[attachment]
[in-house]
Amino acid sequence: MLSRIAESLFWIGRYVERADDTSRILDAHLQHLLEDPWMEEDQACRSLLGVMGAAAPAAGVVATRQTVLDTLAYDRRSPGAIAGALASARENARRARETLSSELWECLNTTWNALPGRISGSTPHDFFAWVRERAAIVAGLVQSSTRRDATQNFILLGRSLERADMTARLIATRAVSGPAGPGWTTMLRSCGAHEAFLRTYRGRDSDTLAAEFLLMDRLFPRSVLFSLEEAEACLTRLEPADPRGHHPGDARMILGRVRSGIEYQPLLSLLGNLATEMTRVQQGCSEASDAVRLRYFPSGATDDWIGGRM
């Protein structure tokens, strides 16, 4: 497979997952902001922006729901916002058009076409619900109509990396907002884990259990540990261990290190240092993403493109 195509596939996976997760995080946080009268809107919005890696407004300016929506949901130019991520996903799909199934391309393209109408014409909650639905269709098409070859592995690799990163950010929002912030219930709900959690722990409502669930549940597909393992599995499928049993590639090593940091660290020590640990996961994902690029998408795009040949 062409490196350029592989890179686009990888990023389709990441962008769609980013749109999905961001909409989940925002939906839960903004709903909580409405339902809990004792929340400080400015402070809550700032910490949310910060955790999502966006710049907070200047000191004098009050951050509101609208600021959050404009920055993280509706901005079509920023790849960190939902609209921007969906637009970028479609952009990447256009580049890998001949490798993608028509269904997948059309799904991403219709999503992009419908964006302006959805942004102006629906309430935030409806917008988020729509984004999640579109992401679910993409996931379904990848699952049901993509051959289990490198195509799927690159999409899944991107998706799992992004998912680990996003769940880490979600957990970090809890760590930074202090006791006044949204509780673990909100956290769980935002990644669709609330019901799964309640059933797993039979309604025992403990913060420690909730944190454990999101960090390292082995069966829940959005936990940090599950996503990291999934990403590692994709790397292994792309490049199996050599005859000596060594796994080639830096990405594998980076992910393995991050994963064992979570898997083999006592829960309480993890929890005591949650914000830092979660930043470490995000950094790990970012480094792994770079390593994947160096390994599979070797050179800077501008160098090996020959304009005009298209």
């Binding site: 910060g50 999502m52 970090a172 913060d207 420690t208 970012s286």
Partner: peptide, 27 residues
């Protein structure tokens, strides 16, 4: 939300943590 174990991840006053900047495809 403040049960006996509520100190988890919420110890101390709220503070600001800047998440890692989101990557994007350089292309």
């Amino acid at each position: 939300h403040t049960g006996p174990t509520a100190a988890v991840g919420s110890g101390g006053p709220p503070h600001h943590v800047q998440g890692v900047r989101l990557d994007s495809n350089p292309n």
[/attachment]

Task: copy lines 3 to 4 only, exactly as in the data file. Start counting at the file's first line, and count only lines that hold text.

């Protein structure tokens, strides 16, 4: 497979997952902001922006729901916002058009076409619900109509990396907002884990259990540990261990290190240092993403493109 195509596939996976997760995080946080009268809107919005890696407004300016929506949901130019991520996903799909199934391309393209109408014409909650639905269709098409070859592995690799990163950010929002912030219930709900959690722990409502669930549940597909393992599995499928049993590639090593940091660290020590640990996961994902690029998408795009040949 062409490196350029592989890179686009990888990023389709990441962008769609980013749109999905961001909409989940925002939906839960903004709903909580409405339902809990004792929340400080400015402070809550700032910490949310910060955790999502966006710049907070200047000191004098009050951050509101609208600021959050404009920055993280509706901005079509920023790849960190939902609209921007969906637009970028479609952009990447256009580049890998001949490798993608028509269904997948059309799904991403219709999503992009419908964006302006959805942004102006629906309430935030409806917008988020729509984004999640579109992401679910993409996931379904990848699952049901993509051959289990490198195509799927690159999409899944991107998706799992992004998912680990996003769940880490979600957990970090809890760590930074202090006791006044949204509780673990909100956290769980935002990644669709609330019901799964309640059933797993039979309604025992403990913060420690909730944190454990999101960090390292082995069966829940959005936990940090599950996503990291999934990403590692994709790397292994792309490049199996050599005859000596060594796994080639830096990405594998980076992910393995991050994963064992979570898997083999006592829960309480993890929890005591949650914000830092979660930043470490995000950094790990970012480094792994770079390593994947160096390994599979070797050179800077501008160098090996020959304009005009298209």
């Binding site: 910060g50 999502m52 970090a172 913060d207 420690t208 970012s286």